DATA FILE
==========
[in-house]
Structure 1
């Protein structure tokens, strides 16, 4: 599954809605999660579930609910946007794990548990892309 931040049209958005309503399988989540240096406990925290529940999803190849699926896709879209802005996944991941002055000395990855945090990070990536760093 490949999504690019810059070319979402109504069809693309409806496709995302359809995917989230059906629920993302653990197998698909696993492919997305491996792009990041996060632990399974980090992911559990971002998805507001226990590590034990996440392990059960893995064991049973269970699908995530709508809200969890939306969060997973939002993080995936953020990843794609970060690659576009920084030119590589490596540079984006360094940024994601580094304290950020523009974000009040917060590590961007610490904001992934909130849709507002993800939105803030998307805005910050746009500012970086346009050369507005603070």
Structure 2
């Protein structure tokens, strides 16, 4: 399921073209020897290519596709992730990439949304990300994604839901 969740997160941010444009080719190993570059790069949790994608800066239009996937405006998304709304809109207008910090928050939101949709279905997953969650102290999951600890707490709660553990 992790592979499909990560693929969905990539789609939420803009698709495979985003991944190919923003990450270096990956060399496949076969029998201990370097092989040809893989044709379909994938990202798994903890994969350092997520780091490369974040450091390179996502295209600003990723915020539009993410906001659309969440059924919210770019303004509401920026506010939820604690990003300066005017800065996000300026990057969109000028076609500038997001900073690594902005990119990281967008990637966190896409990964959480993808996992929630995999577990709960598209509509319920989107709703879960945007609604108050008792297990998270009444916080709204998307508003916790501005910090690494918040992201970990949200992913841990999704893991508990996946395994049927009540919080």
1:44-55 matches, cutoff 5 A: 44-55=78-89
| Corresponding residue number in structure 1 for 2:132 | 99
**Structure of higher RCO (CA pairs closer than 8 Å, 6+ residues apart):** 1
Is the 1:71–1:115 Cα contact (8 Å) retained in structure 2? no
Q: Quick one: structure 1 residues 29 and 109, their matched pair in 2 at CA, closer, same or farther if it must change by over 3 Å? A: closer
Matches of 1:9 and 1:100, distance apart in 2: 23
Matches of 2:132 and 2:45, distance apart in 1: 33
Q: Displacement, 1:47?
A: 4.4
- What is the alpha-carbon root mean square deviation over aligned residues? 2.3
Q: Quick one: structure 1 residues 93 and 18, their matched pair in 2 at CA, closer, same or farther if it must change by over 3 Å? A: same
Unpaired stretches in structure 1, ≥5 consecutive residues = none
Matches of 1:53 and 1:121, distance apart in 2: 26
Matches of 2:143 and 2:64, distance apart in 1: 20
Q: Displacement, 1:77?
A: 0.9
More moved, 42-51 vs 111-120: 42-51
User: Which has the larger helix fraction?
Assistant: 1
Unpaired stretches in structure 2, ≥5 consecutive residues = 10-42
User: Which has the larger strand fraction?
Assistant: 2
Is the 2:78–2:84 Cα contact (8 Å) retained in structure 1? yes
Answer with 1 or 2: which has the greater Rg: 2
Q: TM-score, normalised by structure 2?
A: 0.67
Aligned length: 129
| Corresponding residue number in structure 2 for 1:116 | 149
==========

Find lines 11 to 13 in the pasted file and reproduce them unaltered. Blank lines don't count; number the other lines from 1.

Matches of 1:9 and 1:100, distance apart in 2: 23
Matches of 2:132 and 2:45, distance apart in 1: 33
Q: Displacement, 1:47?